You don’t have to be first; be the best in the market: Tejas Goenka
Tejas Goenka, MD of Tally Solutions, talks to YourStory Founder Shradha Sharma about the need to keep pace with technological changes and why staying ahead of the curve is important.
The inception of many startups stems from founders trying to find a solution to their own problems.
Tally, a flag-bearer of business management software, bears a similar DNA, having been started in 1986 to build accounting solutions for Shyam Sundar Goenka’s textile business. Tejas Goenka, Managing Director of Tally, speaks to Shradha Sharma, Founder and CEO of YourStory, about what it means to carry forth the legacy and become a global solutions provider.
Tally has expanded beyond India, and now has a presence in the Middle East, Africa, and Southeast Asia.
Tejas, who wants to see “a very large presence outside”, aims to impact entrepreneurs worldwide even as his company seeks to deepen its reach within India, across the MSME sector and down to mom-and-pop store owners. Many small business owners in India still don’t have access to software tailored to their needs, and end up using either imported software or indigenous tools not built for their business.
The third-generation entrepreneur dispels the myth that small business owners are not open to technology.
“There is an awareness gap, but there’s no willingness gap,” he said, adding that the pandemic accelerated the shift towards digital solutions and forced businesses to adapt quickly to the new environment.
A key lever of catering to this segment is increasing access, which Tally is enabling through its network partners, localised languages, and personalised experiences.
Tejas also touched upon expanding Tally’s solutions beyond accounting, inventory, and compliance, and look at potential business areas such as customer acquisition and supply-chain management.
“We see ourselves as a technology company rather than a fintech company,” he said.
Being a software company, Tally doesn’t need to invest much in distribution channels, but focuses on leveraging technology shifts to deliver the best possible experience.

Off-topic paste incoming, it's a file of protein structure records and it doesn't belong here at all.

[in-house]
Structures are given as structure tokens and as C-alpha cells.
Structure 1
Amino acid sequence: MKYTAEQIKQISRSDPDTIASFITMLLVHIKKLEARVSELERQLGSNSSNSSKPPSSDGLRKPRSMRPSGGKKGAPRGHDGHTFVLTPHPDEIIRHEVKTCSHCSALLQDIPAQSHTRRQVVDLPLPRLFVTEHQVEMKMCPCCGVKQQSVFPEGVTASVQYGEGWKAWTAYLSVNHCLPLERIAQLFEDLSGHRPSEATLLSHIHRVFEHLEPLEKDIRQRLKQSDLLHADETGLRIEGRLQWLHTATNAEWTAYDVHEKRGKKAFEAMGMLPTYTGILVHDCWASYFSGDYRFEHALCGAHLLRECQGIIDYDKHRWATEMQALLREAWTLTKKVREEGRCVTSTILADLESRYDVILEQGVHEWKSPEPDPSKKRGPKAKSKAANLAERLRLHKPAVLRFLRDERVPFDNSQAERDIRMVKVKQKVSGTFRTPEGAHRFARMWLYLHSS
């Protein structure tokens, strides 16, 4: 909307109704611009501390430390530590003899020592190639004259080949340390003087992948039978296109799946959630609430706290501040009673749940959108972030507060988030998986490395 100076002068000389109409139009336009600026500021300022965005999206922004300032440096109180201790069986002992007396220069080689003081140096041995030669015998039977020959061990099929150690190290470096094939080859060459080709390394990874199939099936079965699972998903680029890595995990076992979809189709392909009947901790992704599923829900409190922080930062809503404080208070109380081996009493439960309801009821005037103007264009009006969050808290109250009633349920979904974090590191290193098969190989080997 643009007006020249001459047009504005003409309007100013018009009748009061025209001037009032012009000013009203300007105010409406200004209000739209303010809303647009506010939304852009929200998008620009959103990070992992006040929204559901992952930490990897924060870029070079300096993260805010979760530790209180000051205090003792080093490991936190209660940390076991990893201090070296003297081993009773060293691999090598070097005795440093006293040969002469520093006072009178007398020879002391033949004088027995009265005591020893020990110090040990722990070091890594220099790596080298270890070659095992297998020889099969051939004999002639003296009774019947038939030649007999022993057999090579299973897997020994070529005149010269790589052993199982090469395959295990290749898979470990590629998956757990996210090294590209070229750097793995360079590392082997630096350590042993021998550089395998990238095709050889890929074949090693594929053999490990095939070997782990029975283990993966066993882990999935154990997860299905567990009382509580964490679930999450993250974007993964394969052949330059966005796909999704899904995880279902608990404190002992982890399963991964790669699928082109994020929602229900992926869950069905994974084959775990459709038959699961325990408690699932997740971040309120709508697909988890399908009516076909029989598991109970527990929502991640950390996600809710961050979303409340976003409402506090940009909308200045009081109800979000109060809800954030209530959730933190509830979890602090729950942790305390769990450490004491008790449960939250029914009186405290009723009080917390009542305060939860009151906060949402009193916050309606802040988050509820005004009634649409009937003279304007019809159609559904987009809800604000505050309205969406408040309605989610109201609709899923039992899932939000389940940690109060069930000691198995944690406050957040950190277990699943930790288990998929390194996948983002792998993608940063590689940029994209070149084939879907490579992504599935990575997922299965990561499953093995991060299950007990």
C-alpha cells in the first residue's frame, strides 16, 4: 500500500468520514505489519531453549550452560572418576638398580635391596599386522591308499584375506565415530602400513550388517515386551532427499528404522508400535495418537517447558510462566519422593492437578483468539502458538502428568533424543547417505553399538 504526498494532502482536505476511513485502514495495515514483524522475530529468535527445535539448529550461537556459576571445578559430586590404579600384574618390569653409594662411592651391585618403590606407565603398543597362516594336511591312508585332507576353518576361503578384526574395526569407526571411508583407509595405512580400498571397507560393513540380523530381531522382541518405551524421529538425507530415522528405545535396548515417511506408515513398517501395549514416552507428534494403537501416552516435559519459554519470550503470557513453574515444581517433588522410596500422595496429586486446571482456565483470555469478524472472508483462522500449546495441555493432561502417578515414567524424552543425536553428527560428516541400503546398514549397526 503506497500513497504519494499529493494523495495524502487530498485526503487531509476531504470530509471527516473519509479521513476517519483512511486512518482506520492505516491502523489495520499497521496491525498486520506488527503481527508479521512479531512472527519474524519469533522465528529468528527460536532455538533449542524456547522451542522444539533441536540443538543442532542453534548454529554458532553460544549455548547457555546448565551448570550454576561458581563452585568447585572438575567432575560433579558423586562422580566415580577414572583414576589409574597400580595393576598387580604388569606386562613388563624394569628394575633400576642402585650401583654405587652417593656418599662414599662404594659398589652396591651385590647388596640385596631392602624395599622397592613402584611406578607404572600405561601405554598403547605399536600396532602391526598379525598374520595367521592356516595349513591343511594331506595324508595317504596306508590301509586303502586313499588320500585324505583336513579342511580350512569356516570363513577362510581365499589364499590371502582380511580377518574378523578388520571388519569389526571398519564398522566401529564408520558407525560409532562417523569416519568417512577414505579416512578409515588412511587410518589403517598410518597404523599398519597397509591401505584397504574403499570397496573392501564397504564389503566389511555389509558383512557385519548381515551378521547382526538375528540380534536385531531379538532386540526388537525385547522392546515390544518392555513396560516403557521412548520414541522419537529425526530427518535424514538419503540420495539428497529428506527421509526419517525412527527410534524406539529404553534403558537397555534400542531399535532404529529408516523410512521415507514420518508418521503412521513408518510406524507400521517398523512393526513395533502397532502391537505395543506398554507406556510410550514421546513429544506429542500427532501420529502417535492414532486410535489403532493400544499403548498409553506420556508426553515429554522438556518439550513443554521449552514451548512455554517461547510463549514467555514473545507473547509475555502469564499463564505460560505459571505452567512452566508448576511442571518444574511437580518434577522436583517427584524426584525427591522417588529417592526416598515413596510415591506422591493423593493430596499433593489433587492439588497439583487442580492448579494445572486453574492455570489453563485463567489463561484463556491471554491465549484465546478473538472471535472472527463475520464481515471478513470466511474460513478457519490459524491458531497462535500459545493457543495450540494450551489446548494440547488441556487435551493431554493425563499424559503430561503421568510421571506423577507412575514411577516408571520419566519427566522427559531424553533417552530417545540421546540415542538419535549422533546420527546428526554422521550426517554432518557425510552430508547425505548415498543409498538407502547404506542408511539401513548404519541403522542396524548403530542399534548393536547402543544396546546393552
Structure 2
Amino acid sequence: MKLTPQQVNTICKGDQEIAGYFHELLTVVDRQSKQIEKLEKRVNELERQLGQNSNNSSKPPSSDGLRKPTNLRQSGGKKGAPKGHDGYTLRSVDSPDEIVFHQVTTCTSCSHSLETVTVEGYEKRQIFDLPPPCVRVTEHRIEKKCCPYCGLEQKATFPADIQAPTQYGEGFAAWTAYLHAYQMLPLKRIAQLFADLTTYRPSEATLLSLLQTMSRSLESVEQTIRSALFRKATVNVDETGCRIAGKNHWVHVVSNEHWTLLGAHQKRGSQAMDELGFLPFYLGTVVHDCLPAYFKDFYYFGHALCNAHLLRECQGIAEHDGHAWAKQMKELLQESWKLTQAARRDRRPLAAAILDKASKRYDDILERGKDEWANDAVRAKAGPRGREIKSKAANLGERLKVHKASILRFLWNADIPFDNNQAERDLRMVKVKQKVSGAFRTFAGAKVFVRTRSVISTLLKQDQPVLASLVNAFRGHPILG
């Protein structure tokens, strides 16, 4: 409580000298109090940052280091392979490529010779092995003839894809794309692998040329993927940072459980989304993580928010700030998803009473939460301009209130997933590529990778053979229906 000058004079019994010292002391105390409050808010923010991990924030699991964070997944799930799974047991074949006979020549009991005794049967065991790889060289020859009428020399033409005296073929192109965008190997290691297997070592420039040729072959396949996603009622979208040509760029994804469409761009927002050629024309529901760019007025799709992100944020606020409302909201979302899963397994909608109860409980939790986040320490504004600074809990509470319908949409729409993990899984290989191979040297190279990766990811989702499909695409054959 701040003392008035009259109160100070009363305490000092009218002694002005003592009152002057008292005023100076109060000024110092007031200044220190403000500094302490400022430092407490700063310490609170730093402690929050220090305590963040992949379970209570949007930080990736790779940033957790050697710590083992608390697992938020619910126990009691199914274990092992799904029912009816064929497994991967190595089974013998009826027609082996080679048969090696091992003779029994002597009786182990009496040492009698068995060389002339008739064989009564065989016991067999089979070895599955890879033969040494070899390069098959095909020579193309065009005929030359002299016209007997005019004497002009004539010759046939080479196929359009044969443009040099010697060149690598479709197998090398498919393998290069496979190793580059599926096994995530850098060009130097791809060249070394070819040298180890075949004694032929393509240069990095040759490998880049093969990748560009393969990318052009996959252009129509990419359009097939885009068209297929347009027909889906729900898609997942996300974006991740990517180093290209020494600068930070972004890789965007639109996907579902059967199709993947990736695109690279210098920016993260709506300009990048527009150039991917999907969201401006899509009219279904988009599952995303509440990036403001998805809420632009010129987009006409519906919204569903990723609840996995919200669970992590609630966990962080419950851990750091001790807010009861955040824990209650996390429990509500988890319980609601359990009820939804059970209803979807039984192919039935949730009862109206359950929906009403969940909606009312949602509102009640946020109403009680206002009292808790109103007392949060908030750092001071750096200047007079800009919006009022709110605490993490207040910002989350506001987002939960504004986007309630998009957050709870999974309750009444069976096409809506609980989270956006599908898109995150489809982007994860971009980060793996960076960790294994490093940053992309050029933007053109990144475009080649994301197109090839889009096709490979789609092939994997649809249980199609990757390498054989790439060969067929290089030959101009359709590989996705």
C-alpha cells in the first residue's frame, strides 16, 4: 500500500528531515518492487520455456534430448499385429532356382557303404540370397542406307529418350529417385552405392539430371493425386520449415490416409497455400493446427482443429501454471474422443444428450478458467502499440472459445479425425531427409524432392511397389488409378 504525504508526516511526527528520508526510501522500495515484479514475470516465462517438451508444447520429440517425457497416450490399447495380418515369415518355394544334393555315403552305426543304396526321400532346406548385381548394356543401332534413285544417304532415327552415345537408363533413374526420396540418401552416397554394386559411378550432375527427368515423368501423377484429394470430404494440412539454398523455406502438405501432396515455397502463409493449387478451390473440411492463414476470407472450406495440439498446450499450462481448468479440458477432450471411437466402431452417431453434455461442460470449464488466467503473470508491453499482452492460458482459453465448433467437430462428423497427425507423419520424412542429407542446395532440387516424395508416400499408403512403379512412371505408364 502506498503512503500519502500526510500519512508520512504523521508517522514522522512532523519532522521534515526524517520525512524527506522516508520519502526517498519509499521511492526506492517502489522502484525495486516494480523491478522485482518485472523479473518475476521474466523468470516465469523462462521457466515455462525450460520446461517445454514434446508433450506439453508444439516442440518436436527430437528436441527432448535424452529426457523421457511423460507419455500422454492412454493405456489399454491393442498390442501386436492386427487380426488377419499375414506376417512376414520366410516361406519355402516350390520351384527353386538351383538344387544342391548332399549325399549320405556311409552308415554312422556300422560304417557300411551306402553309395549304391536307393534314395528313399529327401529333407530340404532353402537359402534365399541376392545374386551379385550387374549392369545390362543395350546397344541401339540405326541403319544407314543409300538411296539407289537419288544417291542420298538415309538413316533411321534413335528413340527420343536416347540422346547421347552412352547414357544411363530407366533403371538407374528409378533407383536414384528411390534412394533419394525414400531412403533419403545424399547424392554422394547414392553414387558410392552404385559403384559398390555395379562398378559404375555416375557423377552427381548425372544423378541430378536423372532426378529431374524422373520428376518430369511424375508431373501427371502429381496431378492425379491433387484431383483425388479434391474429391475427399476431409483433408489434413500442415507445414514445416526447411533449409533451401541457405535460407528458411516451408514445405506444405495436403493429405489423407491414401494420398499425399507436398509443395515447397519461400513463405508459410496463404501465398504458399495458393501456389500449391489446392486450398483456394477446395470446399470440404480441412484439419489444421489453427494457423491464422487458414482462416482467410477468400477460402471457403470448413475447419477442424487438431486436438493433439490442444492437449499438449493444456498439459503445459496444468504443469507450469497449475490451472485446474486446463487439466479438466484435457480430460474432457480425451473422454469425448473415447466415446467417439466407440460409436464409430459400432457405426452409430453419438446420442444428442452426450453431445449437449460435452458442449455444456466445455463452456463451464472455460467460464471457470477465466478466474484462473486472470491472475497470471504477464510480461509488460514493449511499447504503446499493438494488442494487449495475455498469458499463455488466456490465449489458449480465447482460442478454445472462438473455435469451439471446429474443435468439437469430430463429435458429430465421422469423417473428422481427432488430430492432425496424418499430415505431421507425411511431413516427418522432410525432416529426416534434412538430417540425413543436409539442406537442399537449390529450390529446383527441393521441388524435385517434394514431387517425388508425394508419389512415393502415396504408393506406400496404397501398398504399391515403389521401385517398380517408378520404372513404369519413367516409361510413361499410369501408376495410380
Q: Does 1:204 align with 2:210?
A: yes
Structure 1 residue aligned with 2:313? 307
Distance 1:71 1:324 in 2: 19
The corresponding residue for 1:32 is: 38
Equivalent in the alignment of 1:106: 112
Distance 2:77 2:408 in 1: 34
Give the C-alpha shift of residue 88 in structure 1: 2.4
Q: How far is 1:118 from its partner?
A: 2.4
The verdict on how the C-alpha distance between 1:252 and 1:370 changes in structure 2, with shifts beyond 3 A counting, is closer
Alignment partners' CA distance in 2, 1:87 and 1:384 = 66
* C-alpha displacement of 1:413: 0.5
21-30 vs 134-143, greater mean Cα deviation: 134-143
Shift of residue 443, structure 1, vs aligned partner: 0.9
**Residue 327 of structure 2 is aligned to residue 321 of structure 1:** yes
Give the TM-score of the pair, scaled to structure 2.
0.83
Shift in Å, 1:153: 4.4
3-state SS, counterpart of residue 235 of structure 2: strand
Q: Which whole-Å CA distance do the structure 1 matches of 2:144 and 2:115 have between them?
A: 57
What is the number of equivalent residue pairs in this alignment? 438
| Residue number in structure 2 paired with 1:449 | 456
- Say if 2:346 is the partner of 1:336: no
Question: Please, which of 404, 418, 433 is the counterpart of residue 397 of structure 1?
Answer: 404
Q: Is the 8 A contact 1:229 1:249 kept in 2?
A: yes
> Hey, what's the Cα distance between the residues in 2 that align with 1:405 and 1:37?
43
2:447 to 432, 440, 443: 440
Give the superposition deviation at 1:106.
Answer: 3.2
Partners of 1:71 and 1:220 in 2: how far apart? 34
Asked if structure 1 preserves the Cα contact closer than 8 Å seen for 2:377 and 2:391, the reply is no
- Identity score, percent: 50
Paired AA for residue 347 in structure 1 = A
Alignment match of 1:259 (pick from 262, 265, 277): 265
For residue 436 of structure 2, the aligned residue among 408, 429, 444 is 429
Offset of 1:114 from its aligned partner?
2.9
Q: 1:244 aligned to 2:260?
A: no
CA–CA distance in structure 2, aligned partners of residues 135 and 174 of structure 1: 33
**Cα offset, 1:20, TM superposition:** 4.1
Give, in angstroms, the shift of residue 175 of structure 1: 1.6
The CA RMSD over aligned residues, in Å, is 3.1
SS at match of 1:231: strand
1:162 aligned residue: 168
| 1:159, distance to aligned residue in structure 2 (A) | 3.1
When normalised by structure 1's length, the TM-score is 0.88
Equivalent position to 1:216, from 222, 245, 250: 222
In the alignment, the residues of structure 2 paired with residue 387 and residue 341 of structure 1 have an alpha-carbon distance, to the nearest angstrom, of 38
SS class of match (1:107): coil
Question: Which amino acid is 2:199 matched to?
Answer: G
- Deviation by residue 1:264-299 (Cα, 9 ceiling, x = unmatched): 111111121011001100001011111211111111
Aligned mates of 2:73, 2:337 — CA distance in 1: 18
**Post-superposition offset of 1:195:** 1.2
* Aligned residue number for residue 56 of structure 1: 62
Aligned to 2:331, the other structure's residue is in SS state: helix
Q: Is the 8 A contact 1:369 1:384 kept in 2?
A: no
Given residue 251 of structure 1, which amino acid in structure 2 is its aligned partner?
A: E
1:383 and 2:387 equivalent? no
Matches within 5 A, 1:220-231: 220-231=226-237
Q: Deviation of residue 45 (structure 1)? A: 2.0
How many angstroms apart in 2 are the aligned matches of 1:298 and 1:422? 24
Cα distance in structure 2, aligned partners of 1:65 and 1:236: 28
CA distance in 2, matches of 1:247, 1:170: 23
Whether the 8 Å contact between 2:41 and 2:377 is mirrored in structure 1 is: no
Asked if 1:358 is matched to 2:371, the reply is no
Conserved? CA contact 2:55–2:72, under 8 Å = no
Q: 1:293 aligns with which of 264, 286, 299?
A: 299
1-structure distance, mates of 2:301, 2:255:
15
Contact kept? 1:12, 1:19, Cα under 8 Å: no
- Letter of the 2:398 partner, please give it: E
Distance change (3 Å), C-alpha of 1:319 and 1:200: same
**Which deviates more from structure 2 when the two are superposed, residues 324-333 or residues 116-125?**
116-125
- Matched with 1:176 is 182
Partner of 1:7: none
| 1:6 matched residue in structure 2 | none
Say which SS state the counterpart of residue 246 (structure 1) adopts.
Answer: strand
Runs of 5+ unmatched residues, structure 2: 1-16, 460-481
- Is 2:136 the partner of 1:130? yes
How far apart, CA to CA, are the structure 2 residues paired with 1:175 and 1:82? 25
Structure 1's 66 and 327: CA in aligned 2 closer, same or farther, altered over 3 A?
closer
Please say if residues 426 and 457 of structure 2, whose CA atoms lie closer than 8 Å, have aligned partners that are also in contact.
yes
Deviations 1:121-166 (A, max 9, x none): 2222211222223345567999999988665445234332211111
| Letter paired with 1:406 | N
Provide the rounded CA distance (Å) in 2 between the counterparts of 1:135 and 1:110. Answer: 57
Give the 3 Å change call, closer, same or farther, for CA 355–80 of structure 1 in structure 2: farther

Tejas believes there’s a strong need to keep pace with these technological changes. “You don’t have to be the first in the market, but the best in the market,” he said, emphasising that it is better to focus on something that is deeply differentiated and hard to copy.
Figuring out how to stay ahead of the curve keeps Tejas on his toes. “I am not worried about next month. I’m trying to figure out what I can do better than others.”
The Tally journey
Tejas’ own journey with Tally started reluctantly. He had returned to India after completing his education in the US, and his parents, who were managing Tally, asked him to join the office.
“I was rebellious in the beginning, I used to come in my shorts, T-shirt, and chappals just to make sure I wasn’t fitting in,” he recalled.
Eventually, the company’s vision grew on him and he realised that he could accomplish something meaningful. The freedom to fail his parents allowed him was a key factor in shaping him, professionally and personally.
“I made mistakes, but that made me who I am,” Tejas said, talking about the value of courage that had been passed on to him. Tejas said that he hasn’t been tasked with carrying any baggage from the past success of Tally, and is envisioning the company’s future in his own way.
As the Indian startup ecosystem gains maturity, conversations will increasingly steer towards building organisations that last.
Tally’s story brings interesting perspectives as the organisation has thrived amid rapid changes in business and technology across three decades. More importantly, it’s doing so while there is a change of guard across generations of entrepreneurs, each with their unique approach and mindset. This makes a common thread of values that runs across the organisation’s lifetime vital, even if the business itself undergoes change.
Tejas spoke of a culture that has been passed on since the inception of Tally, and which he observed during the pandemic. Employees working from remote locations would reach out to support parents of new employees in the same region, if the latter were posted somewhere else.
“If these things are not there, it’s a problem,” he says, mentioning how he has learnt the value of teams, shifting from his earlier mindset of seeking to do everything himself.
Shradha summed it up eloquently. “Organisations don’t last as institutions, till there is compassion and care. If Tally has lasted and is growing, somewhere these would be at the core.”
Edited by Teja Lele